For more information visit our Actor page:

Michael is an Actor, Producer and Director and a founder of since their inception in 2006.

2) What's new on

How to Start an Acting Company
Want to create acting company but don't know where to start? Check the answer to this question.

Atlanta Acting Schools
Check out our new page with listings of Atlanta acting schools. As usual, listings include information on acting training, tuition fees and how to apply.

Prepare for the Interview Part of your Auditions
Wondering what questions you'll get when you audition? Read about all the different things you may be asked so you can fully prepare for you casting calls.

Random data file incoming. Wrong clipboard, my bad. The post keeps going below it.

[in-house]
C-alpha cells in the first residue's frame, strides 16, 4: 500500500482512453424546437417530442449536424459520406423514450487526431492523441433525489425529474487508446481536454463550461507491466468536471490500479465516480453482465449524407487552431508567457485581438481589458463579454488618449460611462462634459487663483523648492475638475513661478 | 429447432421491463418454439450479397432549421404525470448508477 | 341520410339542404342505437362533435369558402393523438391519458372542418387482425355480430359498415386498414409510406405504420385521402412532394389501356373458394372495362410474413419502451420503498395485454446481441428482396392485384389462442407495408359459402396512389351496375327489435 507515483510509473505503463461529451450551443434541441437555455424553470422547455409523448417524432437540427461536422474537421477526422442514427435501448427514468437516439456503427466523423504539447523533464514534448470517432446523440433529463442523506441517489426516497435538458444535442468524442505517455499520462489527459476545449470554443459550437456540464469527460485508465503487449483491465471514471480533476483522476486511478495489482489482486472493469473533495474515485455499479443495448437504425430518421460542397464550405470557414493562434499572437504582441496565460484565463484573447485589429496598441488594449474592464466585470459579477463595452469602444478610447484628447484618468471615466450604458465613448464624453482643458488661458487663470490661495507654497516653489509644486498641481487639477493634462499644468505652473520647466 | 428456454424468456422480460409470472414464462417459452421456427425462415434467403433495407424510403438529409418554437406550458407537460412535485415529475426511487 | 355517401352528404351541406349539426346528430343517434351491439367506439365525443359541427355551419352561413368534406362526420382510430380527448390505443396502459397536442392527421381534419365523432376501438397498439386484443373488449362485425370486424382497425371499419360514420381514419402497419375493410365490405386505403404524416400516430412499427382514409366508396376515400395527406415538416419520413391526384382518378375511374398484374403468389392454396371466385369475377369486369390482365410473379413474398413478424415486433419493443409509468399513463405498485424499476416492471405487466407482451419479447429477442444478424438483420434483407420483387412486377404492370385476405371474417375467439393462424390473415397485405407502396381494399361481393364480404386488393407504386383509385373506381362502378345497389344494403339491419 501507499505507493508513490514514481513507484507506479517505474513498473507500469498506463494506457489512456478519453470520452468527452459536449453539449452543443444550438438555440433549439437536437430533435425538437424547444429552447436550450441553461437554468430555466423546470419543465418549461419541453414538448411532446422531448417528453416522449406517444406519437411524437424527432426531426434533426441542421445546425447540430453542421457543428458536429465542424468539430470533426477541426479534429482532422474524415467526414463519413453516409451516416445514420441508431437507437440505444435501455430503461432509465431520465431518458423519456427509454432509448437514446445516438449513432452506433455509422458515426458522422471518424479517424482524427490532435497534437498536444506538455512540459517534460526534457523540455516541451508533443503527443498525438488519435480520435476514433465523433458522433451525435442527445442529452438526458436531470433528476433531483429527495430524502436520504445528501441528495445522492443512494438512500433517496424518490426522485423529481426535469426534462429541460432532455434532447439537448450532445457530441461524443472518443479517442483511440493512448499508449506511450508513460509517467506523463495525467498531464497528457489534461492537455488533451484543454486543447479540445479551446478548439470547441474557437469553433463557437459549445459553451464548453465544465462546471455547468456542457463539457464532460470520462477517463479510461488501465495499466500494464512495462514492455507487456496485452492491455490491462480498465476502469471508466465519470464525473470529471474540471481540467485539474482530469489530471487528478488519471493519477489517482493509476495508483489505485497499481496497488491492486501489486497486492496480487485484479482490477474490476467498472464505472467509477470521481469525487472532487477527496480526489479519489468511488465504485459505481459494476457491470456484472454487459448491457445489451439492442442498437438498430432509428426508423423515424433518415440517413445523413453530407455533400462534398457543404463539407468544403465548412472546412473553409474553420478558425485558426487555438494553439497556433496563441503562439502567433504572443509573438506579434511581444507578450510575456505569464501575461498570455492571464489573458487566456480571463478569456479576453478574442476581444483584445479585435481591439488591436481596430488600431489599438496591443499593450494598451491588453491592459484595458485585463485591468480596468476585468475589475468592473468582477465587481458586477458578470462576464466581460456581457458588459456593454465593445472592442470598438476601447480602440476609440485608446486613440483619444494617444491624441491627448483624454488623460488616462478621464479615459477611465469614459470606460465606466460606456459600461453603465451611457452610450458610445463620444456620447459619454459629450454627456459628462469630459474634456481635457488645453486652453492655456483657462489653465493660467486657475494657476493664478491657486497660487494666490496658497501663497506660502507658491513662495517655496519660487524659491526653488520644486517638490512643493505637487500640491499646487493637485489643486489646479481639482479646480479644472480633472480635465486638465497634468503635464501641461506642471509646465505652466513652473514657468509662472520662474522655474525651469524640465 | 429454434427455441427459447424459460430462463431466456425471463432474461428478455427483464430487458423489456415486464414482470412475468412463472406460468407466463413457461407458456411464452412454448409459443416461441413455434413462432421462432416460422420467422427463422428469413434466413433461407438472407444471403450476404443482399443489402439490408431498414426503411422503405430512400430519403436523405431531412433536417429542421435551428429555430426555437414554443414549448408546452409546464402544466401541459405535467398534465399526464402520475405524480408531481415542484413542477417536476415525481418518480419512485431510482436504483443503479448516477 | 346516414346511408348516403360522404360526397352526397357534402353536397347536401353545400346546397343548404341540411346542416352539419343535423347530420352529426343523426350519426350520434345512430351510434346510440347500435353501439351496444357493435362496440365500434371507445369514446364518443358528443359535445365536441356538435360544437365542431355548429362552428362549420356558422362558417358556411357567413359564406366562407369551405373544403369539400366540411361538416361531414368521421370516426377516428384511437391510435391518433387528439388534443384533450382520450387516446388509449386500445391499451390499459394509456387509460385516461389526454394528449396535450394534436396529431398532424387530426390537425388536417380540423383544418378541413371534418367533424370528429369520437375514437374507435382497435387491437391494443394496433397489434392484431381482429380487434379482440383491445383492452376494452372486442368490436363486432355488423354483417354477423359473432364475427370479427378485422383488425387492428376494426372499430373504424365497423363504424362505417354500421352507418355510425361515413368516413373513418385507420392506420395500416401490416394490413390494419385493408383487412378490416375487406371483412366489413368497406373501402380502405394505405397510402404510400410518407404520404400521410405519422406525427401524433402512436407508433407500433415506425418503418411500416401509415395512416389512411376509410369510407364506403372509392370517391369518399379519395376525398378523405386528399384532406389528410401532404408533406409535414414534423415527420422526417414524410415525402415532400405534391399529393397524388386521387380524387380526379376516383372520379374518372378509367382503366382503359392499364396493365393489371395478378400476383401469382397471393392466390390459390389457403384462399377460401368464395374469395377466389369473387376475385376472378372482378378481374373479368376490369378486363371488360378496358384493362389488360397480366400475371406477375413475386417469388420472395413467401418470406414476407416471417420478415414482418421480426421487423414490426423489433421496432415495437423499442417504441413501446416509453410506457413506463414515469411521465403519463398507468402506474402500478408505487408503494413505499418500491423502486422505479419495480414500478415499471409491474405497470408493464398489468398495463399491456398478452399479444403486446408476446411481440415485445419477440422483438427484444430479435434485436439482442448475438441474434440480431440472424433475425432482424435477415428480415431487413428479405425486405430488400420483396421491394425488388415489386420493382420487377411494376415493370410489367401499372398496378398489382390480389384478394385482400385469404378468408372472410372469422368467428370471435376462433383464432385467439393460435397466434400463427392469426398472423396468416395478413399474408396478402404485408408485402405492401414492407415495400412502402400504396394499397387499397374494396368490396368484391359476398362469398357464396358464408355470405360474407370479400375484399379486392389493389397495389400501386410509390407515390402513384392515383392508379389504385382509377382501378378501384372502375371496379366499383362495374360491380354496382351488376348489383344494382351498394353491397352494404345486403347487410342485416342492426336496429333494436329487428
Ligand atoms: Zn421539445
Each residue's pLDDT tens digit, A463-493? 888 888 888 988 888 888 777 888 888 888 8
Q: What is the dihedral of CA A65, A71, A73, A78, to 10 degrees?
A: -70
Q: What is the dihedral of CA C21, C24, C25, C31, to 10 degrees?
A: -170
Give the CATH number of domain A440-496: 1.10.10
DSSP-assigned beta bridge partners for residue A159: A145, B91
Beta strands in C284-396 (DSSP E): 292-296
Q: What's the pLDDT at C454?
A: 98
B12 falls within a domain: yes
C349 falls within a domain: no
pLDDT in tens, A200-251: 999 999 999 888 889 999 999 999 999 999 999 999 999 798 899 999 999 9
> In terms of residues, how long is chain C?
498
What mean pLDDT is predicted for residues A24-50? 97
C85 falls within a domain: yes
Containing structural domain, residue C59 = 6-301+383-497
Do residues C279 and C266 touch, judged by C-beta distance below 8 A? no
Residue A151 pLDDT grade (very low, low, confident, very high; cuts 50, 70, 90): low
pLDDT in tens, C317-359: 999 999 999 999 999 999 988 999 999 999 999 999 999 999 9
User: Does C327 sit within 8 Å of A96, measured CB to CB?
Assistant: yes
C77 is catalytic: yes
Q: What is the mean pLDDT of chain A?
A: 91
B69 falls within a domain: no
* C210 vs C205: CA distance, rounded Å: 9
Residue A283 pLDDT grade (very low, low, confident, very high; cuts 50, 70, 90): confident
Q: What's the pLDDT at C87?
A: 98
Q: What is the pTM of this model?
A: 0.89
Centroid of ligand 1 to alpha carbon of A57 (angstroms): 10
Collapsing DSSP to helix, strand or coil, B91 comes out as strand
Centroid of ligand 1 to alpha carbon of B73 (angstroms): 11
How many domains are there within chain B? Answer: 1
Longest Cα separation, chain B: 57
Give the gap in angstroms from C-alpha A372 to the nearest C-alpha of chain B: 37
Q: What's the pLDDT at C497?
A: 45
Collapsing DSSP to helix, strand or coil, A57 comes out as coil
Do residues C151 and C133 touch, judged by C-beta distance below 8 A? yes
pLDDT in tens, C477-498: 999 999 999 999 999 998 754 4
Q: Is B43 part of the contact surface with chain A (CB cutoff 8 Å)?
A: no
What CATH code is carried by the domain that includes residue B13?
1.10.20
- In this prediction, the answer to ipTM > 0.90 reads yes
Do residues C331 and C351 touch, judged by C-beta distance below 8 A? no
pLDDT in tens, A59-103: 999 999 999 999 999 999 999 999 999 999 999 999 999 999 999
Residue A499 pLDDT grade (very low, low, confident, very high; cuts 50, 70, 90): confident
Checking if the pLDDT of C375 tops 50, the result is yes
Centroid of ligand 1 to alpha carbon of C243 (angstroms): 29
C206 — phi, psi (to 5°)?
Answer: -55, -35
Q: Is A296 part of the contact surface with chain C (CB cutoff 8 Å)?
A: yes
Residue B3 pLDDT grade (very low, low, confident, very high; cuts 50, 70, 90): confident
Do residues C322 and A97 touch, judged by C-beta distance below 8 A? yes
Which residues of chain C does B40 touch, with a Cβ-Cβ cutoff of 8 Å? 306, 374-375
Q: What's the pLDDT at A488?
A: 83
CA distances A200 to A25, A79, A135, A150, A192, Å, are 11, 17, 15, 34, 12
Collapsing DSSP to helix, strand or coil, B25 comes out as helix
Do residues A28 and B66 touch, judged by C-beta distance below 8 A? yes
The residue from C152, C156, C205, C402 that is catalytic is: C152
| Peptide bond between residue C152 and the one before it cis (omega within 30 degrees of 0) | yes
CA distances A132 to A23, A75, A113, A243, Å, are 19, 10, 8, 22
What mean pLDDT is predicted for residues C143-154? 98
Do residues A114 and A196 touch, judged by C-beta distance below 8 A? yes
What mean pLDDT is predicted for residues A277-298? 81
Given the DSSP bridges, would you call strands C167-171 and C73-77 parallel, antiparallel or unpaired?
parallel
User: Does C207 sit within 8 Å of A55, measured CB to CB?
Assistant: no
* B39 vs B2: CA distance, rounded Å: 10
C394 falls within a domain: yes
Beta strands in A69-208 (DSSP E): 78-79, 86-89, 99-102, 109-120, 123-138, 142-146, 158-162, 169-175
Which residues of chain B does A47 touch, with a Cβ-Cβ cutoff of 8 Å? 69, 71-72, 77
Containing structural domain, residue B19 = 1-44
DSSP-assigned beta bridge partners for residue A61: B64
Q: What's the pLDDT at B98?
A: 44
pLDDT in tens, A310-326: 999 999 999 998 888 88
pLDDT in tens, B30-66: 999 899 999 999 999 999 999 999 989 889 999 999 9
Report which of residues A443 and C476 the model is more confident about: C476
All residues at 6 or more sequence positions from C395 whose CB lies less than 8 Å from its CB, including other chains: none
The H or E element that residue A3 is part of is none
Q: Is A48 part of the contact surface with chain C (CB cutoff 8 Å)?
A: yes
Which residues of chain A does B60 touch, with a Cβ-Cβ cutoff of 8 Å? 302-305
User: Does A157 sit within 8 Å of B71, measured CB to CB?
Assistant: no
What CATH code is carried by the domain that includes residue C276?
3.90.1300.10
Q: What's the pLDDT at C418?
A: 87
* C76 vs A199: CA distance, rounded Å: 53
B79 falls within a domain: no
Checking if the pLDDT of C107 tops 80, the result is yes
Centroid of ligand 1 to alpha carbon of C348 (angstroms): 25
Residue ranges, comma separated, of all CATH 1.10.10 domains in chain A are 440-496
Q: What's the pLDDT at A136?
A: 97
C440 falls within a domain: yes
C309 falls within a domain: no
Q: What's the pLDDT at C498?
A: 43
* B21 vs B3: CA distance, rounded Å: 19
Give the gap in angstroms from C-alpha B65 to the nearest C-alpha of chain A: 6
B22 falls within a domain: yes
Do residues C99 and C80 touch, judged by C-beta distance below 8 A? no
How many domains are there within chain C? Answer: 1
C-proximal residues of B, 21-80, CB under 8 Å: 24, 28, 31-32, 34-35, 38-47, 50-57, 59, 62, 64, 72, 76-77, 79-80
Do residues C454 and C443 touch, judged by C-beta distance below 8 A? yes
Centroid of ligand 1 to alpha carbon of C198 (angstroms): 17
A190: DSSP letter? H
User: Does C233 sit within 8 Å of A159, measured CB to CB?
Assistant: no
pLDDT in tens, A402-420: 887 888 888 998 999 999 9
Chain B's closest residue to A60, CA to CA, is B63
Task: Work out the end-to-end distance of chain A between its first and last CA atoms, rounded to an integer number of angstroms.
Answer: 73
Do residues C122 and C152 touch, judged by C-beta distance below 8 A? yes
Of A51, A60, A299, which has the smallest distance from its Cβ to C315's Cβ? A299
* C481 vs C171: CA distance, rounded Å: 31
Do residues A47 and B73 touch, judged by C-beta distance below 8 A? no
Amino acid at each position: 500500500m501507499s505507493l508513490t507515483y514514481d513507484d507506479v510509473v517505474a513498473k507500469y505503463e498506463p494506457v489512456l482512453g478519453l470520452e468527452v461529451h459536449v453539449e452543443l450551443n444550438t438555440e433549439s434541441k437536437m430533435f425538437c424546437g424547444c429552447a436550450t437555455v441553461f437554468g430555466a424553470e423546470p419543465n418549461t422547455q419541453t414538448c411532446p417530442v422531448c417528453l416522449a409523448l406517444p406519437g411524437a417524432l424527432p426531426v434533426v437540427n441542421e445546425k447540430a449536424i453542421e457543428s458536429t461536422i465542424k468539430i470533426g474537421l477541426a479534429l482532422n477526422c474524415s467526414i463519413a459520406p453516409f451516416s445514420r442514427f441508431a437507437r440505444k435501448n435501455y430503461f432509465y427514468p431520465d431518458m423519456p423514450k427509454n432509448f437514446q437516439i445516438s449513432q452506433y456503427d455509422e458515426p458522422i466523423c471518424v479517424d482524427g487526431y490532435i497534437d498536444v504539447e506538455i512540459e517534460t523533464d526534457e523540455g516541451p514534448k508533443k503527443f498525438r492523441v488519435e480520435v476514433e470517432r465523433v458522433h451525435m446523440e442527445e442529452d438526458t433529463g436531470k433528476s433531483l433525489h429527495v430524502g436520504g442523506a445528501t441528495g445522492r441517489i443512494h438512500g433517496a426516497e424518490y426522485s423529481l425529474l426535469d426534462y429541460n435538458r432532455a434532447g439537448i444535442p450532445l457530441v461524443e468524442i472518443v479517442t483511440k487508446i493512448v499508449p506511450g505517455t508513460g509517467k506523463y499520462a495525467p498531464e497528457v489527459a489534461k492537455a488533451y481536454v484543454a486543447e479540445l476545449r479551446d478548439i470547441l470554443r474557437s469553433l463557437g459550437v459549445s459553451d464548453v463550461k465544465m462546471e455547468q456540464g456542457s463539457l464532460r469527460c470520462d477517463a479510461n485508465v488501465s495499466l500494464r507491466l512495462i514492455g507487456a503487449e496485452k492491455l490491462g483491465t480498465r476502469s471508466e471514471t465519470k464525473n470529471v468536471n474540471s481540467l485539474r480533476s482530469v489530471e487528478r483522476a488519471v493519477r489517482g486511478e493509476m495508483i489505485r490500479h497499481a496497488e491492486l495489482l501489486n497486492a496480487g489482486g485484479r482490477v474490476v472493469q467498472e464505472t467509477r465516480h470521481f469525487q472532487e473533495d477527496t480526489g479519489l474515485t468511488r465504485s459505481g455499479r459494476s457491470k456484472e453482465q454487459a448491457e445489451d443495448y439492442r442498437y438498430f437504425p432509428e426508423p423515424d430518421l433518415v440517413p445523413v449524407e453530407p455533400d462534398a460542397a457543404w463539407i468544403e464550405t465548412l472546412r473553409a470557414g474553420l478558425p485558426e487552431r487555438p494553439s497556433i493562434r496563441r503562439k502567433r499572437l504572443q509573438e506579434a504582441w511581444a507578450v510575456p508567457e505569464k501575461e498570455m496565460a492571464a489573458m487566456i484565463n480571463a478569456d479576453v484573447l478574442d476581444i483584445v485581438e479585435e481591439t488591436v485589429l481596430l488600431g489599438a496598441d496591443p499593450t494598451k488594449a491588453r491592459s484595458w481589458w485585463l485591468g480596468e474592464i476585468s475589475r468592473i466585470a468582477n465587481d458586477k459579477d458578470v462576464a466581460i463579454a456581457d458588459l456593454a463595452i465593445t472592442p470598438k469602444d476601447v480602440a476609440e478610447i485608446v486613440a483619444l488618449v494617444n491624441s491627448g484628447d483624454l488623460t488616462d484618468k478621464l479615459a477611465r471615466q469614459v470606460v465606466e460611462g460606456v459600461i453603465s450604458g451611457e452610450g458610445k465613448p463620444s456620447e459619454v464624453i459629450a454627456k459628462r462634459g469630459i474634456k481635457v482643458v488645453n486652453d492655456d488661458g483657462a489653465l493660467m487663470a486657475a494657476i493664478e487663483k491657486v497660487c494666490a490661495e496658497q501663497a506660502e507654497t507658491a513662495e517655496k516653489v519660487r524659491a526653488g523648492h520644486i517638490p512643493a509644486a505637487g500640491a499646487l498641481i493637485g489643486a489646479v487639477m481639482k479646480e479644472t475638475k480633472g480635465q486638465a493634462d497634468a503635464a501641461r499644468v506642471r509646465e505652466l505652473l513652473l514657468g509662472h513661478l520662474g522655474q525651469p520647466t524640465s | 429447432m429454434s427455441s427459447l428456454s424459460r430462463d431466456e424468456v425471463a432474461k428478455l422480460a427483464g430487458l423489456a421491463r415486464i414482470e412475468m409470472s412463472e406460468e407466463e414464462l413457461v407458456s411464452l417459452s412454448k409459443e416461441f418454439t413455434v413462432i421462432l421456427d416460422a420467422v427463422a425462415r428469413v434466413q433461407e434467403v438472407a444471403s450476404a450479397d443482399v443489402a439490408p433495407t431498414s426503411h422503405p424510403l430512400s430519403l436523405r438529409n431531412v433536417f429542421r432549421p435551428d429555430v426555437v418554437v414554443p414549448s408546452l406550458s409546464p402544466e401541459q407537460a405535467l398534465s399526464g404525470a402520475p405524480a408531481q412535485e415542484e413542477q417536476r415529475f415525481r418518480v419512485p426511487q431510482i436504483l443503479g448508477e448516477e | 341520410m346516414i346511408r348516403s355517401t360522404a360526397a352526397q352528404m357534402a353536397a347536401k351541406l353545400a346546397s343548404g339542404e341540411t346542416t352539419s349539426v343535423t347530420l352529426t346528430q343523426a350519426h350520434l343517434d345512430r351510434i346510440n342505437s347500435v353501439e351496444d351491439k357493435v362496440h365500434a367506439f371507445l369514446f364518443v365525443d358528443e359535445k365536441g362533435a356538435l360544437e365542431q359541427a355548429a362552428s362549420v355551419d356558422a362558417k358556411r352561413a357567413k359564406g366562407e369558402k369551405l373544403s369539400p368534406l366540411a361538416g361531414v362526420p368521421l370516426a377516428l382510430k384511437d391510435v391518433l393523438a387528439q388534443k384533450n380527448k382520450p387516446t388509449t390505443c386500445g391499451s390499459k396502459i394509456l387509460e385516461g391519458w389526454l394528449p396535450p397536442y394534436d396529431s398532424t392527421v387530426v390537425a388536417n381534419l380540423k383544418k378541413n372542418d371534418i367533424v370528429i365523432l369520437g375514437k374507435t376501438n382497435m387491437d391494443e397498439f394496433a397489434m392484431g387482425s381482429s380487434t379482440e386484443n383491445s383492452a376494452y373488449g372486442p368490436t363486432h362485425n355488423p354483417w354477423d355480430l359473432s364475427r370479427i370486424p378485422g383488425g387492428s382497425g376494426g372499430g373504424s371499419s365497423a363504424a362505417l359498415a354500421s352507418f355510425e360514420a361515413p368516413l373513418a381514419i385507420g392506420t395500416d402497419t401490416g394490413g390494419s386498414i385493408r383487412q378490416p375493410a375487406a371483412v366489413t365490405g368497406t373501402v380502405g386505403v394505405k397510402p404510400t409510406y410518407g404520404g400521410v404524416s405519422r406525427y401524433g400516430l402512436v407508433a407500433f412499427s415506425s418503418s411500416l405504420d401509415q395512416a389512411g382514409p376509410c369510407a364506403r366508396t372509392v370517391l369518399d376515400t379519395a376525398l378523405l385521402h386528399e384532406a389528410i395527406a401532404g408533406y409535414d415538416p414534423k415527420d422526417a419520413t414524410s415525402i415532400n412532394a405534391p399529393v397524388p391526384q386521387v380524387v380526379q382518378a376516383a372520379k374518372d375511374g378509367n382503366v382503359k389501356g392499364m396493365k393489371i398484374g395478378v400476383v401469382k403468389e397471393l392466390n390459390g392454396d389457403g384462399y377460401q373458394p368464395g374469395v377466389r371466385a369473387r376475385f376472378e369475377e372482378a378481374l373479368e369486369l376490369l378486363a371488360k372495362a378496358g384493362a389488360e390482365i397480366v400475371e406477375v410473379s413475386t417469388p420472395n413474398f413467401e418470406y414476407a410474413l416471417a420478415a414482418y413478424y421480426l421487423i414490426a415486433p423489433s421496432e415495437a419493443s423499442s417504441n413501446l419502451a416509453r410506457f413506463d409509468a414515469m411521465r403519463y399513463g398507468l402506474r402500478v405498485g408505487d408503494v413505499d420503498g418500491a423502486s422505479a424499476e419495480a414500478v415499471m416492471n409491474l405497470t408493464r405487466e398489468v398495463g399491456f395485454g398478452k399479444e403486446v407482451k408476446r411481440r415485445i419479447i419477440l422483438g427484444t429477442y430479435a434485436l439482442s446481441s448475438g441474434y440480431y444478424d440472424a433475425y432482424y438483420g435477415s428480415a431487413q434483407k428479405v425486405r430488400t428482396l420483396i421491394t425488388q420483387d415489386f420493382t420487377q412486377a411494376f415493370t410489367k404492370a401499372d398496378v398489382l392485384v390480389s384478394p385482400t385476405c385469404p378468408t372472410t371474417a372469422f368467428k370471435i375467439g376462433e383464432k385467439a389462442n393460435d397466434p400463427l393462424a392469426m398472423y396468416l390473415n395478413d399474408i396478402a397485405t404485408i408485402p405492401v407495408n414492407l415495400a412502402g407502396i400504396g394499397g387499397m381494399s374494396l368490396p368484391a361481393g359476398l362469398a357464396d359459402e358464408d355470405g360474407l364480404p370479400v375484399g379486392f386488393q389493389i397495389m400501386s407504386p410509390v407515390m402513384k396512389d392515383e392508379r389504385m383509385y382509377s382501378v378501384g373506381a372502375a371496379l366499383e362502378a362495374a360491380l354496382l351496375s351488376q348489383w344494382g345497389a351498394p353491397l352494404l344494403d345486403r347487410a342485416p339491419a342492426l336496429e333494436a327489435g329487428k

Acting Lingo
What does "objective" and "characterization" mean? Read the answer to this question if you wonder about these acting terms you hear constantly in acting class and auditions.

How to Find the Right Agent
A look at what to look out for to stay clear from scams and pick the right acting agency for you.

3) A word of inspiration

""If the path be beautiful, let us not ask where it leads." Anatole France

If you enjoyed this newsletter and found its information valuable, feel free to forward it to a friend. If a friend forwarded this to you and you like what you read, please subscribe by by clicking here.

Comments? I'd love to hear from you. Just reply to this newsletter with your feedback and thoughts.

Good luck with your acting career!

Alex Swenson

Acting School